Enterprises and Firms
Prior to the 1990s, the state owned and ran all enterprises.
Reams of instructions sent from central planners constituted upper
management. Enterprise directors did not have power over investment,
employment, production, or any other decision-making areas but
were responsible for maintaining initial capital stock. Competition
among enterprises did not exist. In October 1990, however, as
the economic system's breakdown became fully apparent, the government
enacted a new enterprise law giving workers management, but not
ownership, of the enterprises that employed them. In August 1991,
the law on economic activity enabled persons seeking to open businesses
to register at the court of the district in which they wished
to operate. The court would, within a ten-day period, decide whether
or not to grant an operating license. If denied a license, a registrant
could appeal to a higher court, which had to decide on the matter
within another ten days. The law on business activity also required
private enterprises to abide by government standards for quality;
weights and measures; safety, sanitary, and working conditions;
and environmental protection.
With the help of consultants from the European Community ( EC--see
Glossary), the International Monetary Fund ( IMF--see Glossary),
and the World Bank (see Glossary), the Council of Ministers also
began working on a new law on the activities of state enterprises.
In draft, the law provided for the state to supervise the operation
of surviving state-owned enterprises but allowed their managers
a broad measure of independence. The draft also provided for the
creation of a steering council for each enterprise, which would
be nominated by the appropriate ministry or a local government.
The council would make major management decisions; work up the
enterprise's business plan; manage relations with the government,
other enterprises, and employees; and set wages and bonuses. A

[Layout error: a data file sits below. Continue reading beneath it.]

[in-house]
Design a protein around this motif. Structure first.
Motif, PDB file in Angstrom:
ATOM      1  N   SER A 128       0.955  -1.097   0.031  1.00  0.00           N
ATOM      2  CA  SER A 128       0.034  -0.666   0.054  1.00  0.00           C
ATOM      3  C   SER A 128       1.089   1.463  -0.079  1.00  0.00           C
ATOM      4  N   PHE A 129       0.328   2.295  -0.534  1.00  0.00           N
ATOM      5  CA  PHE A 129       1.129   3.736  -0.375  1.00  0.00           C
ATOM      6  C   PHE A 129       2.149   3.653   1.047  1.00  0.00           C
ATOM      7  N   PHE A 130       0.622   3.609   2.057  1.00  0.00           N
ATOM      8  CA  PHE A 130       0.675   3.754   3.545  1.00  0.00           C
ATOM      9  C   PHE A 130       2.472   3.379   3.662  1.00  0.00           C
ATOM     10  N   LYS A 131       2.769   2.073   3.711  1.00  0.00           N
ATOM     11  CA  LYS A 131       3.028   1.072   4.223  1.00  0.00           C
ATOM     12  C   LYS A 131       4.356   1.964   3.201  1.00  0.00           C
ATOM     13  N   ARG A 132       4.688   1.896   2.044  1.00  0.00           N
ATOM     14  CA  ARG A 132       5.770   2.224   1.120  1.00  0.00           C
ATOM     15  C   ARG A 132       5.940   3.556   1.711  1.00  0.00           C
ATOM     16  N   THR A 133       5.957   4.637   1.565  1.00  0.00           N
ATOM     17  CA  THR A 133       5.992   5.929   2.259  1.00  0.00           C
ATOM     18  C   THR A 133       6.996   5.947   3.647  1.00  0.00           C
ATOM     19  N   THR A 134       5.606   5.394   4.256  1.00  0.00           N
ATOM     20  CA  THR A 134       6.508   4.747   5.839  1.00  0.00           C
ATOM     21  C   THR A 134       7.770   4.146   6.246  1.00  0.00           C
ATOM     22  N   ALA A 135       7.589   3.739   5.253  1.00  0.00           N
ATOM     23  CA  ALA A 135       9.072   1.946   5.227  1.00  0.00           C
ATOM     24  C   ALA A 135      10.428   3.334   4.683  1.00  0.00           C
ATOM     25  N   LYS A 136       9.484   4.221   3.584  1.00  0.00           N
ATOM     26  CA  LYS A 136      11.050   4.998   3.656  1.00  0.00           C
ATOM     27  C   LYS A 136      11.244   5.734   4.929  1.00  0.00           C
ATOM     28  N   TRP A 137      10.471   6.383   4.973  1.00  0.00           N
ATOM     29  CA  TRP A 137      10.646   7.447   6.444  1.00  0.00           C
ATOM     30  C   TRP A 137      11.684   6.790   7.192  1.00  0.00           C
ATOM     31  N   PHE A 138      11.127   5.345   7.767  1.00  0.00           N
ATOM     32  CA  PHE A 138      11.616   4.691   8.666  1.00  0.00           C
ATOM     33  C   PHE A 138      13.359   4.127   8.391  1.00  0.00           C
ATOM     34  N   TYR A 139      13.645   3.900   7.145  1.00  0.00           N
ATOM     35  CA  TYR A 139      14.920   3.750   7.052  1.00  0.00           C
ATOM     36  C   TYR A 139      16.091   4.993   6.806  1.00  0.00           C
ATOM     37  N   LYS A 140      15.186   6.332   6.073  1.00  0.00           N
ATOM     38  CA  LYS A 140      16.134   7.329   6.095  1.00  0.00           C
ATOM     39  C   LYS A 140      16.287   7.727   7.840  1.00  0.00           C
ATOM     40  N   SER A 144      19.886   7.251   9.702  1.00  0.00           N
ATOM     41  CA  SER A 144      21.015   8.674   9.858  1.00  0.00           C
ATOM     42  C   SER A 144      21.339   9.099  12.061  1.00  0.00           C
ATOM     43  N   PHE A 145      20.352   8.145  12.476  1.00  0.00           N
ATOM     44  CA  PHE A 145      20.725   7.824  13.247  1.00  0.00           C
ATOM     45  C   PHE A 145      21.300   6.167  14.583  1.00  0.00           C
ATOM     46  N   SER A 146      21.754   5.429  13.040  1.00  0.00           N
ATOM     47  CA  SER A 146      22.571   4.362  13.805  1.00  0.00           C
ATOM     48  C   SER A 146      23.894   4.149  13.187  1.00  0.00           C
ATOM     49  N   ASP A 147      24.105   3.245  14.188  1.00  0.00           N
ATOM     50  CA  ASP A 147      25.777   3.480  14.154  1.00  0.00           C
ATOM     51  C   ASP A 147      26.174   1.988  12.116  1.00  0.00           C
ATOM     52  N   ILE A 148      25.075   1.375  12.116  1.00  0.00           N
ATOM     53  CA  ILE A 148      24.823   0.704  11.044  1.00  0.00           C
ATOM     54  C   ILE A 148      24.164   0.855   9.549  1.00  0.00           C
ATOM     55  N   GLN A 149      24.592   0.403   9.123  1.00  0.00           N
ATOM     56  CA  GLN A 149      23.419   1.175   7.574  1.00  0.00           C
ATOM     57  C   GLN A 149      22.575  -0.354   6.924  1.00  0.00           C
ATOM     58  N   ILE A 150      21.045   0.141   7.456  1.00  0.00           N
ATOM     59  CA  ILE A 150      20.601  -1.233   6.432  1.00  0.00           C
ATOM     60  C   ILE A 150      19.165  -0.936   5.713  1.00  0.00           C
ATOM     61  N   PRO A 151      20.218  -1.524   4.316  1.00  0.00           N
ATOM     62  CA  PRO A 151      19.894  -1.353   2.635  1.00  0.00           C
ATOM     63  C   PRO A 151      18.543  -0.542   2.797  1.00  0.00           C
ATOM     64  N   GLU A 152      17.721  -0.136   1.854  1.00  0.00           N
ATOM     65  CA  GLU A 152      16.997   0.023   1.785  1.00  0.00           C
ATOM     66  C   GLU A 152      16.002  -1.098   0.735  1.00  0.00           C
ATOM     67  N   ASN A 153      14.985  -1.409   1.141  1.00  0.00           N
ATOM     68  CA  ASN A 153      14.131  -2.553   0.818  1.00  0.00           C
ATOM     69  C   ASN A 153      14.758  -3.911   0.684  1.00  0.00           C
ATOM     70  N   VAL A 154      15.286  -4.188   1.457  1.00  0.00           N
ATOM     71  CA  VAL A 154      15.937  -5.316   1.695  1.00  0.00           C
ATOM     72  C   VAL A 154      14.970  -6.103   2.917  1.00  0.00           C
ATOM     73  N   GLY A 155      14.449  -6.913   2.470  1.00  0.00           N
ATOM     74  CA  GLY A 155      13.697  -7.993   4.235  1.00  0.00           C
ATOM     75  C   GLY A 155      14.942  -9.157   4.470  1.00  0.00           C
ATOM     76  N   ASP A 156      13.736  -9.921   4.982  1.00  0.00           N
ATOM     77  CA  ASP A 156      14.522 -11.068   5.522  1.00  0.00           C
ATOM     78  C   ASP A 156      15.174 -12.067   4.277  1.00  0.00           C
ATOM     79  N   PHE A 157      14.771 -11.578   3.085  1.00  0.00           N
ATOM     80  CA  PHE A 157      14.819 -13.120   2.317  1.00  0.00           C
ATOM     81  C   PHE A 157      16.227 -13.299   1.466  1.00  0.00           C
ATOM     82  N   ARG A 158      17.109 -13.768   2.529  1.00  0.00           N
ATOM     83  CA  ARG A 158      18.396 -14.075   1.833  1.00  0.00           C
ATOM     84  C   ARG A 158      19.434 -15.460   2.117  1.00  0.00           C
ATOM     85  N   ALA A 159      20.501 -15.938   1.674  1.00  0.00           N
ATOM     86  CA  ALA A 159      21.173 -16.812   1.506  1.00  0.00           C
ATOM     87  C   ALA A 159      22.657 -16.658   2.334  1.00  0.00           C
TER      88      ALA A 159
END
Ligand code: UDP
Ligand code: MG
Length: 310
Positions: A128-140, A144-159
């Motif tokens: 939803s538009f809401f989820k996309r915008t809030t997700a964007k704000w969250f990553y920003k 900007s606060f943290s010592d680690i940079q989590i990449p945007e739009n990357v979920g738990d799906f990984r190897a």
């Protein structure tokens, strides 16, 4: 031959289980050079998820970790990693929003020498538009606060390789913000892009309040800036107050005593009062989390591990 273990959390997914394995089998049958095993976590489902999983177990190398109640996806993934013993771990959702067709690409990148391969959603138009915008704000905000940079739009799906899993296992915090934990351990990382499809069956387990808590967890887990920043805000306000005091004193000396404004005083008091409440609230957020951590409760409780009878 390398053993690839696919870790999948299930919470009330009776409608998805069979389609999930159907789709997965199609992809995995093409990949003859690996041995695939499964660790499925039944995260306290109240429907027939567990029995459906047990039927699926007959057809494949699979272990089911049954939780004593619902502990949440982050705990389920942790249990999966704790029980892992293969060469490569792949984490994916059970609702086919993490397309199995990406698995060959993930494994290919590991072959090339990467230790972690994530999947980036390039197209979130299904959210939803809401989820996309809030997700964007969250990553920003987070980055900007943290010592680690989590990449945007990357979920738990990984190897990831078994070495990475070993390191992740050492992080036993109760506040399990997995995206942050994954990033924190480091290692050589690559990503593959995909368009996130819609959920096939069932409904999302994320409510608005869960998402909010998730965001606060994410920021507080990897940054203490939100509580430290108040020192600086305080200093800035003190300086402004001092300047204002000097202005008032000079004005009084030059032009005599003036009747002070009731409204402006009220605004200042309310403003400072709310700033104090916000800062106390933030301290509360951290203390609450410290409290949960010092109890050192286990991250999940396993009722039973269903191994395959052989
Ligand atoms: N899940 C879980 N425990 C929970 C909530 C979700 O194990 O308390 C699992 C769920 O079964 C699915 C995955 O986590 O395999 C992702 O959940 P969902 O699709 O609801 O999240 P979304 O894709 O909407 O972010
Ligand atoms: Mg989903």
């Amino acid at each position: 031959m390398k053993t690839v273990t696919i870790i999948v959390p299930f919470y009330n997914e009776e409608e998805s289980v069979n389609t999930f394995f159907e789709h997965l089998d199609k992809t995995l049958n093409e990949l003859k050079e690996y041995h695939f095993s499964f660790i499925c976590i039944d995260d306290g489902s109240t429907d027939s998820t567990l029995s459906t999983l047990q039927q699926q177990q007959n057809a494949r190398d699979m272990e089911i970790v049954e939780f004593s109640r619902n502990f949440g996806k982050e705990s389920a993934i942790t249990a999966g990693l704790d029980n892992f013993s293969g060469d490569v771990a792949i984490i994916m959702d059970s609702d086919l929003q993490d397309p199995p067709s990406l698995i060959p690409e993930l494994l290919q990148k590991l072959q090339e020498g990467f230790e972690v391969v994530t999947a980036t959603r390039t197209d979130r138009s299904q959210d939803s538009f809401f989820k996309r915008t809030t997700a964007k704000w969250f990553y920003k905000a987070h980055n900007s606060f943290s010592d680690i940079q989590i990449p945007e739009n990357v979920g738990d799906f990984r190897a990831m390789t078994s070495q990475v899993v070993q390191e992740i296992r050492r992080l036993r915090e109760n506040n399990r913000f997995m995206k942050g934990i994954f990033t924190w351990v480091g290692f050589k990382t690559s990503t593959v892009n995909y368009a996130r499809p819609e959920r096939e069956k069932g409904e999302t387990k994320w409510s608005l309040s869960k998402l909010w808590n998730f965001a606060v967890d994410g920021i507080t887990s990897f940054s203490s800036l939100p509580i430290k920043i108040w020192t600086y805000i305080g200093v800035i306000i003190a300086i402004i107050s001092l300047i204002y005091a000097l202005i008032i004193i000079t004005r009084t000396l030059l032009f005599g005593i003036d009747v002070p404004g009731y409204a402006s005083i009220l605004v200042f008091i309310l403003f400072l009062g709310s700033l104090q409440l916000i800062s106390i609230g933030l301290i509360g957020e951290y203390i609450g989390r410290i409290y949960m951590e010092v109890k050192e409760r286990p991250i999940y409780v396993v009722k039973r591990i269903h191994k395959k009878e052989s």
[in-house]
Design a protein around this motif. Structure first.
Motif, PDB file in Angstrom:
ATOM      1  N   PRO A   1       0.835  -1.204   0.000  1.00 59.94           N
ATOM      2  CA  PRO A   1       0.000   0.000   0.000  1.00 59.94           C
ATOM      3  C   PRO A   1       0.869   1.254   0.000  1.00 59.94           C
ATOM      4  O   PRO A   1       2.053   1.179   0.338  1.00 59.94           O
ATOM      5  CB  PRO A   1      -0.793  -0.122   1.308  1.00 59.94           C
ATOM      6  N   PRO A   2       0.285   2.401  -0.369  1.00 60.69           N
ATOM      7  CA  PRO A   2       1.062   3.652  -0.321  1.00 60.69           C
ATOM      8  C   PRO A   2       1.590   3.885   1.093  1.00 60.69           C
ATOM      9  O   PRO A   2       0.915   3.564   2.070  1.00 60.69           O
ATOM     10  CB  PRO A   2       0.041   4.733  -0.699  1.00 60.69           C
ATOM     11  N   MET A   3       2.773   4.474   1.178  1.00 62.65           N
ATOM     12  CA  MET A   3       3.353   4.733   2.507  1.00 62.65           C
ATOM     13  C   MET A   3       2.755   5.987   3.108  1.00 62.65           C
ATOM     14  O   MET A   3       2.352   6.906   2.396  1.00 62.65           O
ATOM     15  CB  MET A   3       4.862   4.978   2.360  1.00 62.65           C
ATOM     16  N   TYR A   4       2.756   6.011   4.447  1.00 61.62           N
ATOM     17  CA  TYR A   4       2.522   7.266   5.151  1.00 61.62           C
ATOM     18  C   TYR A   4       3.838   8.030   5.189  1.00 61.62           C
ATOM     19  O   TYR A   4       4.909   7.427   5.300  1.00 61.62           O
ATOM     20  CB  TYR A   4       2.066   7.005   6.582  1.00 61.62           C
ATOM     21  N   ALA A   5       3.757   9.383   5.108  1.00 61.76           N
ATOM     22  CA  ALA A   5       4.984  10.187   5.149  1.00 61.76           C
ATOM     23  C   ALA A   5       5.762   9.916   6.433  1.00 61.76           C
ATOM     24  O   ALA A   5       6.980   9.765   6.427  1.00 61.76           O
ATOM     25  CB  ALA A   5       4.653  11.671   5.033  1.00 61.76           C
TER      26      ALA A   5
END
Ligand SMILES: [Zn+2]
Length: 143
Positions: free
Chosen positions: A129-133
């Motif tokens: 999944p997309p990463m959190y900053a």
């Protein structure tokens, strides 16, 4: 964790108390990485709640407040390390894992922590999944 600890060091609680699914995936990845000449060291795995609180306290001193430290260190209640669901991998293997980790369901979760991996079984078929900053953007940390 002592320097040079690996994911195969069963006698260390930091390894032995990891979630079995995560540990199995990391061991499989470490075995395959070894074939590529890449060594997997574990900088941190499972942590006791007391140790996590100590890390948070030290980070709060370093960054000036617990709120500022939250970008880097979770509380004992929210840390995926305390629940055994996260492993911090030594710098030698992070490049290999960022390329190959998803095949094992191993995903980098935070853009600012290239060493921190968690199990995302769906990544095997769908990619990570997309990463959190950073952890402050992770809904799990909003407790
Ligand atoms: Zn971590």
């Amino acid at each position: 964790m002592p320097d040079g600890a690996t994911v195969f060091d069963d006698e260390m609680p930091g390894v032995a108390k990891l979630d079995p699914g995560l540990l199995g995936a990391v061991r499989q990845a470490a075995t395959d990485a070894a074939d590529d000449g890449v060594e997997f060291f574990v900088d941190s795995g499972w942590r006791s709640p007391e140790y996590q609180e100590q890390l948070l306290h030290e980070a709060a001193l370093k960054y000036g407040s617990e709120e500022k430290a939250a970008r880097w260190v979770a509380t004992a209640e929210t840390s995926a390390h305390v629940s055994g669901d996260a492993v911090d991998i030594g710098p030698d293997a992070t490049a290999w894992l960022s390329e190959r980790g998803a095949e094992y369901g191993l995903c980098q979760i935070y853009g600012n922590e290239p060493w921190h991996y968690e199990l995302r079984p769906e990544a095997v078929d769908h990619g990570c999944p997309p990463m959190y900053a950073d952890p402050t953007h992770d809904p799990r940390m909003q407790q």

delegate elected by fellow employees would represent the enterprise's
workers on the steering council but would not have a vote. The
draft bill also defined how net revenues would be divided among
capital reserves, development funds, social assistance, and employee
By freeing prices, eliminating barriers to trade, applying banking
criteria to credits, and instituting new policies on interest
rates, Albania's government gradually bolted together a new framework
for assessing the potential viability of the country's enterprises.
Western economists proposed a recovery program calling for infusions
of aid, management supervision, and closure of loss-generating
enterprises. The program included commitments by donor nations
of US$140 million in spare parts and raw materials to jump-start
paralyzed industries. Under the program, enterprises whose output
was valued at less than the cost of inputs would not be restarted
because halting production and paying full wages to idled workers
would be less damaging to the overall economy than maintaining
operations. The viability of restarted firms would be evaluated
six to nine months after the introduction of free-market conditions.
These enterprises would face either a rollover of capital credits,
a rollover of working capital credits accompanied by an investment
credit, or liquidation by the auctioning of assets.
Data as of April 1992